Local bands open and close each segment of this body-inspired entertainment extravaganza, which will be hosted at the Orange Peel on Sunday, July 5, at 7:30 p.m.
The Underpants is a play adapted by Steve Martin from an early 1900s German work by Carl Sternheim — and the results are just as madcap as you might imagine. It’s currently being staged by Attic Salt Theatre Company as part of the Catalyst Series at N.C. Stage Company.
The Merchant of Asheville launches — after more than years of looking for a home — the grand opening production of The magnetic Theatre’s new space at 375 Depot Street (strangely enough, just across the street from its original building). The play’s first lines also sum up the theater’s mission statement.
Jeff Messer turns his focus to the folk and country music contributions of Burnsville native Lesley Riddle. Esley: The Life and Musical Legacy of Lesley Riddle, runs at Parkway Playhouse Saturday, June 27-Saturday, July 11.
Local troupe Trillium Dance Company stages “Rites of Summer” on Saturday, June 27. The show includes performances by The Fox & Beggar Theater with music from Starseed, Morphonic, Earthtone Soundsystem and MeltYum.
The payoff for this year’s sleepless local filmmakers is your attendance at the videos’ official screenings at Asheville Pizza and Brewing Co. on Tuesday, June 23 through Thursday, June 25, at 7 p.m. and 10 p.m. each night.
Over The River and Through The Woods continues its run at Flatrock Playhouse Downtown through Sunday, June 21. It isn’t a downer and it isn’t a comedy: it’s a deft portrait of reality, in all of its humor and sadness.
If Tarocco lacks in story, it overwhelms in sensory stimulation. There is color and light and music – and truly staggering accomplishments of mechanical know-how and finely trained muscles. Tarocco is, above all else, a visual feast.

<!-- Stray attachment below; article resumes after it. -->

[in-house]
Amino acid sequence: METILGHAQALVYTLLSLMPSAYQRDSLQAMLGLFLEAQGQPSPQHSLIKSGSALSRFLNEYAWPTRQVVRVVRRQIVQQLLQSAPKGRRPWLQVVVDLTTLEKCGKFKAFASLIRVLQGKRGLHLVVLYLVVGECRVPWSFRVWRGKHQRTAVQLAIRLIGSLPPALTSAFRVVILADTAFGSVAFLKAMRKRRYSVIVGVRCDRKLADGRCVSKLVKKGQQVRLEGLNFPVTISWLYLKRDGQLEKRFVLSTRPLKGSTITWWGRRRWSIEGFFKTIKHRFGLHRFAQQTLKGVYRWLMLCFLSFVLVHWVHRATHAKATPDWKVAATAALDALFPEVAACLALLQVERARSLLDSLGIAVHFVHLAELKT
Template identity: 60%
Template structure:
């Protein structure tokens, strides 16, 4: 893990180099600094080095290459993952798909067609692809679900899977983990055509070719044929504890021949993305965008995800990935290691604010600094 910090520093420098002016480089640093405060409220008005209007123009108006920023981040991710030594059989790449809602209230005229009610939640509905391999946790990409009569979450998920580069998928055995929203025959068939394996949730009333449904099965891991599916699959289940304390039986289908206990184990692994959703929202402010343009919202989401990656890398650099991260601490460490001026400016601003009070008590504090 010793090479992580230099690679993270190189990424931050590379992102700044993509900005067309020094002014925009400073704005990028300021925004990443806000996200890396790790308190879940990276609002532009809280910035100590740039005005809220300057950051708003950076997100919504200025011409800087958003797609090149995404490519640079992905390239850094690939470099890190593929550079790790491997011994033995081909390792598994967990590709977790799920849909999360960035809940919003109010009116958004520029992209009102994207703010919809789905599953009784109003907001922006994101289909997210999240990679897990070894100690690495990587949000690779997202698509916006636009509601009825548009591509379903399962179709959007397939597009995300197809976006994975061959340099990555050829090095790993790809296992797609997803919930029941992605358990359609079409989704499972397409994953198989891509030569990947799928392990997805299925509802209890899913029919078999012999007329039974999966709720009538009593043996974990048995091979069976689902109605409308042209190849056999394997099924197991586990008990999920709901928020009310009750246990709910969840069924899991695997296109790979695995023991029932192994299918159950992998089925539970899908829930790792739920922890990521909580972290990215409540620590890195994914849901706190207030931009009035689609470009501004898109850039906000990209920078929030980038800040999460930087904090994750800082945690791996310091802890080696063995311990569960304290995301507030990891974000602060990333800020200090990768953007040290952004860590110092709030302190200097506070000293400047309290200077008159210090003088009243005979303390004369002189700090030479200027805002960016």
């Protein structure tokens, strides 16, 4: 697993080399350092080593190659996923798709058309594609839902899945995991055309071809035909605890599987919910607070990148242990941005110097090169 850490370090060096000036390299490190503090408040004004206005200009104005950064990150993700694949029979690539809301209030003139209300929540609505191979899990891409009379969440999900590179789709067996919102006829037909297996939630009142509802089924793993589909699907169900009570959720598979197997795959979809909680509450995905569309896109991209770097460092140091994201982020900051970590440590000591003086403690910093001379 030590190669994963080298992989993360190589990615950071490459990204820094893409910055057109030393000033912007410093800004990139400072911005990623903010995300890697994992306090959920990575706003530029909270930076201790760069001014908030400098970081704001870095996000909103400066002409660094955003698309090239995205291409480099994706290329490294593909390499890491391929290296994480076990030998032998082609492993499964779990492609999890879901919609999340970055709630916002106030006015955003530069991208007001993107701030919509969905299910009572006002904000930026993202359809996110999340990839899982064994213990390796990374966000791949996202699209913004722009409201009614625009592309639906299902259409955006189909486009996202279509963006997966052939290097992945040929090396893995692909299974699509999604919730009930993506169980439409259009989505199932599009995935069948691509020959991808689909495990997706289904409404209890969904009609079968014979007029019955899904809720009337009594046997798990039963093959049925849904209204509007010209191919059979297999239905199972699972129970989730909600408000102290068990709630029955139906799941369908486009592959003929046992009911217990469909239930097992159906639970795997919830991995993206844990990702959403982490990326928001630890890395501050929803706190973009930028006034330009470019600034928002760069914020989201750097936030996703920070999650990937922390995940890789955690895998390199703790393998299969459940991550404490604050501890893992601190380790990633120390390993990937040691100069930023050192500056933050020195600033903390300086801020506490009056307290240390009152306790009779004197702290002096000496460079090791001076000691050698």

Nunsense is as much old school variety show as anything, relying on a mixed bag formula aimed at one thing: pure entertainment. And HART delivers with a perfectly cast, and tightly directed production.
“I don’t know that anyone has really written or produced a play about Asheville, per se — what [the city] is today, what the different populations are, what the economic situation is, how things are changing in relation to tourism and beer and everything else,” Magnetic Theatre’s artistic director Steven Samuels says. “That’s what this play is really all about.”
When Tarocco: A Soldier’s Tale debuts Friday, May 29 at The Orange Peel, it will mark the completion of a long and complex trail that began, appropriately enough, on a forest trail.
“A whistling girl and a crowing hen will never come to any good end,” says local musician and award-winning playwright Tom Godleski, reciting the mountain saying that inspired his latest play. The production, Godleski explains, “blends storytelling and music with mountain traditions.”
Sketch comedy-based two-woman show Parallel Lives stars Neela Munoz and Nichole Hamilton, who give nuanced and broadly bodacious performances.
In a city as musically diverse as Asheville, it’s easy to be picky about what bands and musical genres you pay to see. Seldom does a concertgoer find a crowd as diverse as the one that came out to The Orange Peel for Youtube-sensation-turned-touring act Scott Bradlee and Post-Modern Jukebox.
The Magnetic Theatre makes an official return to a permanent facility at 375 Depot St. in the River Arts District. It’s across the street from the space it left a little over two years ago. A soft opening features Brief Encounters, a series of one-act plays.
“It’s a strange process; it’s like osmosis,” says producer, writer and director Waylon Wood of his latest play, Letters and Notes Found on the Windshield at the Piggly Wiggly Parking Lot. It opens at Asheville Community Theatre’s black box performance space 35below on Friday, May 8.
LEAF is almost here — the festival’s 40th iteration runs Thursday-Sunday, May 7-10. In advance, Xpress is talking to performers about what they have planned and why being part of LEAF’s 20th anniversary is so special.
Before a word is uttered on stage, the audience is awe-struck by the set. Constructed by Jack Lindsay, it fills the wide ACT stage. It looks and feels like it has been plucked out of New Orleans circa 1950 and dropped into downtown Asheville.
“This is to alert your readers to a performance far above what is commonly available. The N.C. Stage Company is putting on An Iliad through April 19.”
Where do you go when you aspire to more than Western North Carolina can offer? For these four former Ashevilleans, the answer was Los Angeles.
Just in time for the 150th anniversary of the end of the Civil War and the Assassination of Abraham Lincoln, Haywood Arts Regional Theatre executive director Steve Lloyd brings a nearly three-decade-long labor of love back to the stage.